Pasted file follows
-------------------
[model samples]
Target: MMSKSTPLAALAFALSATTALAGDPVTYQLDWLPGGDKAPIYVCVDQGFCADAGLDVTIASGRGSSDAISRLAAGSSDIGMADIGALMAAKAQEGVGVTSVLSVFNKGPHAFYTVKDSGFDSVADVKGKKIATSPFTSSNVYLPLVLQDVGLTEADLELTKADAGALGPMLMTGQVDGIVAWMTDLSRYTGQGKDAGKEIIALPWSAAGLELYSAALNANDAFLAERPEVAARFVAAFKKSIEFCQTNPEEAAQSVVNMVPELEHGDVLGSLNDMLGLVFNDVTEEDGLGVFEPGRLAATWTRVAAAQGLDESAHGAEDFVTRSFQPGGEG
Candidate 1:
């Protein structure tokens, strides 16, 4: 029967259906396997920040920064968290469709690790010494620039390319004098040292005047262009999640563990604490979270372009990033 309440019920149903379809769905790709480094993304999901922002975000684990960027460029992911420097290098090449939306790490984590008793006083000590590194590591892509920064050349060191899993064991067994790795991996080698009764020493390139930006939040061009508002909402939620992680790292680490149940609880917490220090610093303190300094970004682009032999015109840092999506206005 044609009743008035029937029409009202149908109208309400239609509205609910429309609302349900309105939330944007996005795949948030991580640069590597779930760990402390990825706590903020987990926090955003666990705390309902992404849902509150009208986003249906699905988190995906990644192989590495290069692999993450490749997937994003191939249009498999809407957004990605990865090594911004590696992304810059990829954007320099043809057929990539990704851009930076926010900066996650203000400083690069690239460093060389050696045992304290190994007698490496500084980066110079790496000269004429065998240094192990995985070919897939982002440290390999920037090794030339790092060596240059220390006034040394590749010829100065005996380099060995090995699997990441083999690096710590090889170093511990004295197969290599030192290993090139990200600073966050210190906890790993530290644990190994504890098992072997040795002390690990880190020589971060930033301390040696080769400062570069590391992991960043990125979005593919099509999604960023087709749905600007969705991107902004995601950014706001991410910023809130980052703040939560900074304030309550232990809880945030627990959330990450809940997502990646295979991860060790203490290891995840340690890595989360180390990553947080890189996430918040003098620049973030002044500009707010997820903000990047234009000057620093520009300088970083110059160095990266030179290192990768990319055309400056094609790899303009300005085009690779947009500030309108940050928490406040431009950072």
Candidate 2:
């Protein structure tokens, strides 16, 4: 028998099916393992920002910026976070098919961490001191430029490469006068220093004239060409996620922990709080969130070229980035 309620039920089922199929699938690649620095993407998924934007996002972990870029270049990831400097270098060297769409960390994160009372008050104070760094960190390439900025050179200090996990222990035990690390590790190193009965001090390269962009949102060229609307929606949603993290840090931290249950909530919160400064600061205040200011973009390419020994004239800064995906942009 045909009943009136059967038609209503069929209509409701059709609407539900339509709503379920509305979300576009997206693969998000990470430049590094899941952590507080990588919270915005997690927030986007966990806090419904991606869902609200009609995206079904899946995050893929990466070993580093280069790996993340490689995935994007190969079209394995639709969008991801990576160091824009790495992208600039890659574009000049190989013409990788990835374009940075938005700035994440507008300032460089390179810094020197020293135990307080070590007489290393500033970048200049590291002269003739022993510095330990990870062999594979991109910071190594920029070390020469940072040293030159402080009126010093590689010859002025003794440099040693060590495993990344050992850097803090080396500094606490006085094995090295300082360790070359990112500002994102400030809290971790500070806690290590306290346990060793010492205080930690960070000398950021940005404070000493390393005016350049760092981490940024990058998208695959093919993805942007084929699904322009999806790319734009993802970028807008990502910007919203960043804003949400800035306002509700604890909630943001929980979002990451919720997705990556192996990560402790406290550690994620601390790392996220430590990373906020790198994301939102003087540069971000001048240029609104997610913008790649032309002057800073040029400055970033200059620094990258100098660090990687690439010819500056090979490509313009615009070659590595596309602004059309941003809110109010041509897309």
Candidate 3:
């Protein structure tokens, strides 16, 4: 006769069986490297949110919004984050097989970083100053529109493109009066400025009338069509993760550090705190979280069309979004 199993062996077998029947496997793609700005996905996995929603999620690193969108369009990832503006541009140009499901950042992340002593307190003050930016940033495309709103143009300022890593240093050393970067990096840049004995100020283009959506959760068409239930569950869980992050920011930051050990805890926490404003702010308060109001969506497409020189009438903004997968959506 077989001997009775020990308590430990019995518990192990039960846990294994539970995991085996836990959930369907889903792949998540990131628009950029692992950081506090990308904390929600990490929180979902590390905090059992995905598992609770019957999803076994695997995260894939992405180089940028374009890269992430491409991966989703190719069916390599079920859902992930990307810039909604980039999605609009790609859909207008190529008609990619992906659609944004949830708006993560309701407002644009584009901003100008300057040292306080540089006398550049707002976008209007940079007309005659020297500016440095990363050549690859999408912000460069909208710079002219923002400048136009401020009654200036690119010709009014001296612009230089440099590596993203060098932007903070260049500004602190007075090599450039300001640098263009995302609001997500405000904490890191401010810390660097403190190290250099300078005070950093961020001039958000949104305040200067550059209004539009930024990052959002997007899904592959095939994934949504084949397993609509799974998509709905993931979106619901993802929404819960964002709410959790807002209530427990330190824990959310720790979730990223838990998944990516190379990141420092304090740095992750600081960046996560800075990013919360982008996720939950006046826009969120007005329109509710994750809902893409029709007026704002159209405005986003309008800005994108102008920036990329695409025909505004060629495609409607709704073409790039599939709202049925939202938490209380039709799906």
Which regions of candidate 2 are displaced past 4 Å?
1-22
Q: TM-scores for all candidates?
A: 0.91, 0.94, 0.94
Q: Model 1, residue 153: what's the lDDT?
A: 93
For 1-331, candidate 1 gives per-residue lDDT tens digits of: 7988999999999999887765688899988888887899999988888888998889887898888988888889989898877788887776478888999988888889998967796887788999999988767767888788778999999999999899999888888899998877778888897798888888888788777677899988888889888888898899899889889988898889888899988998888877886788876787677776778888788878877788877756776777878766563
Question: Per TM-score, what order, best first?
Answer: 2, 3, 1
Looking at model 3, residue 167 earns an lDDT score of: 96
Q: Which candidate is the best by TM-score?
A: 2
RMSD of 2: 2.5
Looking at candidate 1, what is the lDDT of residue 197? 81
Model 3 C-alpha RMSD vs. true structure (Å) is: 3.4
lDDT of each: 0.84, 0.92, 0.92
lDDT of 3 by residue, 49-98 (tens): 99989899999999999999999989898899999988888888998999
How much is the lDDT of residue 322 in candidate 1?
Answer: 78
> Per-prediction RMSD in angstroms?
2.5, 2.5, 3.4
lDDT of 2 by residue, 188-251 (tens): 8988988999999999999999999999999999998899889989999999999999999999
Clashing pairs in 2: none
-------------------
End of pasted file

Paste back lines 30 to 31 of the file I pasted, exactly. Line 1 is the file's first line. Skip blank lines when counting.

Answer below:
lDDT of 2 by residue, 188-251 (tens): 8988988999999999999999999999999999998899889989999999999999999999
Clashing pairs in 2: none